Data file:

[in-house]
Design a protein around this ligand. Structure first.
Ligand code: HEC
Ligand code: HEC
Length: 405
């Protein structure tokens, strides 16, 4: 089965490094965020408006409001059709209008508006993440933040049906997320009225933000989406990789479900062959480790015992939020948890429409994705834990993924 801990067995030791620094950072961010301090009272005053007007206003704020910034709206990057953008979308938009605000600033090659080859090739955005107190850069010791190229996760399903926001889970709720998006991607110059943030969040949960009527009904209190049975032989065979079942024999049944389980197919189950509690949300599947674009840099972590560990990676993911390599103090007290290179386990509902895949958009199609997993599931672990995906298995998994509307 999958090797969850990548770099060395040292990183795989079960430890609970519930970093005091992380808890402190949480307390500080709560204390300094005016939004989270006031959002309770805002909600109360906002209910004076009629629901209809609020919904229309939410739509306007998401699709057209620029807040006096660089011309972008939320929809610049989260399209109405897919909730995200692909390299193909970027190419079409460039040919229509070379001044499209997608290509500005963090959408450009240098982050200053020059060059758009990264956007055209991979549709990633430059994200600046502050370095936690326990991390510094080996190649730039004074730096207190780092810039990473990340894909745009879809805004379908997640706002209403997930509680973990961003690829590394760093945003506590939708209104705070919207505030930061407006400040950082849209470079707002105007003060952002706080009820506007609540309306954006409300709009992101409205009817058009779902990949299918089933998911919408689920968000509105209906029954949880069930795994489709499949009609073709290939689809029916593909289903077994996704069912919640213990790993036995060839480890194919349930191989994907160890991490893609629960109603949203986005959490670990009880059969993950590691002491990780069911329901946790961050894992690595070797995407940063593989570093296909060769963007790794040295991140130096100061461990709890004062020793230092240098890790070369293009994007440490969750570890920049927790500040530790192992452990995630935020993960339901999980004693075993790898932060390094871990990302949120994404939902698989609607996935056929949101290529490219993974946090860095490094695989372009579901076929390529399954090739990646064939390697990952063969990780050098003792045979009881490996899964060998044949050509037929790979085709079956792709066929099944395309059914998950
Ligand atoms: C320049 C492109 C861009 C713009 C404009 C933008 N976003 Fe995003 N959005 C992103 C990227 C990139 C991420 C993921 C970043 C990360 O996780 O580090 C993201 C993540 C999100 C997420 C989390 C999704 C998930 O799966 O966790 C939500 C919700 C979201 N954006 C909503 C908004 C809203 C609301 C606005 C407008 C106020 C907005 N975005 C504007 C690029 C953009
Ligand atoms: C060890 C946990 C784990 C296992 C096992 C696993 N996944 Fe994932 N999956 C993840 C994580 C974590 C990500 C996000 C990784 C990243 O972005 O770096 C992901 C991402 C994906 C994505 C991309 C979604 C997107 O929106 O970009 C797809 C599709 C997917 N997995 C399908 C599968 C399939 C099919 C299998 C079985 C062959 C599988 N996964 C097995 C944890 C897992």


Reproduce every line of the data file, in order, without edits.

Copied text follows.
[in-house]
Design a protein around this ligand. Structure first.
Ligand code: HEC
Ligand code: HEC
Length: 405
């Protein structure tokens, strides 16, 4: 089965490094965020408006409001059709209008508006993440933040049906997320009225933000989406990789479900062959480790015992939020948890429409994705834990993924 801990067995030791620094950072961010301090009272005053007007206003704020910034709206990057953008979308938009605000600033090659080859090739955005107190850069010791190229996760399903926001889970709720998006991607110059943030969040949960009527009904209190049975032989065979079942024999049944389980197919189950509690949300599947674009840099972590560990990676993911390599103090007290290179386990509902895949958009199609997993599931672990995906298995998994509307 999958090797969850990548770099060395040292990183795989079960430890609970519930970093005091992380808890402190949480307390500080709560204390300094005016939004989270006031959002309770805002909600109360906002209910004076009629629901209809609020919904229309939410739509306007998401699709057209620029807040006096660089011309972008939320929809610049989260399209109405897919909730995200692909390299193909970027190419079409460039040919229509070379001044499209997608290509500005963090959408450009240098982050200053020059060059758009990264956007055209991979549709990633430059994200600046502050370095936690326990991390510094080996190649730039004074730096207190780092810039990473990340894909745009879809805004379908997640706002209403997930509680973990961003690829590394760093945003506590939708209104705070919207505030930061407006400040950082849209470079707002105007003060952002706080009820506007609540309306954006409300709009992101409205009817058009779902990949299918089933998911919408689920968000509105209906029954949880069930795994489709499949009609073709290939689809029916593909289903077994996704069912919640213990790993036995060839480890194919349930191989994907160890991490893609629960109603949203986005959490670990009880059969993950590691002491990780069911329901946790961050894992690595070797995407940063593989570093296909060769963007790794040295991140130096100061461990709890004062020793230092240098890790070369293009994007440490969750570890920049927790500040530790192992452990995630935020993960339901999980004693075993790898932060390094871990990302949120994404939902698989609607996935056929949101290529490219993974946090860095490094695989372009579901076929390529399954090739990646064939390697990952063969990780050098003792045979009881490996899964060998044949050509037929790979085709079956792709066929099944395309059914998950
Ligand atoms: C320049 C492109 C861009 C713009 C404009 C933008 N976003 Fe995003 N959005 C992103 C990227 C990139 C991420 C993921 C970043 C990360 O996780 O580090 C993201 C993540 C999100 C997420 C989390 C999704 C998930 O799966 O966790 C939500 C919700 C979201 N954006 C909503 C908004 C809203 C609301 C606005 C407008 C106020 C907005 N975005 C504007 C690029 C953009
Ligand atoms: C060890 C946990 C784990 C296992 C096992 C696993 N996944 Fe994932 N999956 C993840 C994580 C974590 C990500 C996000 C990784 C990243 O972005 O770096 C992901 C991402 C994906 C994505 C991309 C979604 C997107 O929106 O970009 C797809 C599709 C997917 N997995 C399908 C599968 C399939 C099919 C299998 C079985 C062959 C599988 N996964 C097995 C944890 C897992």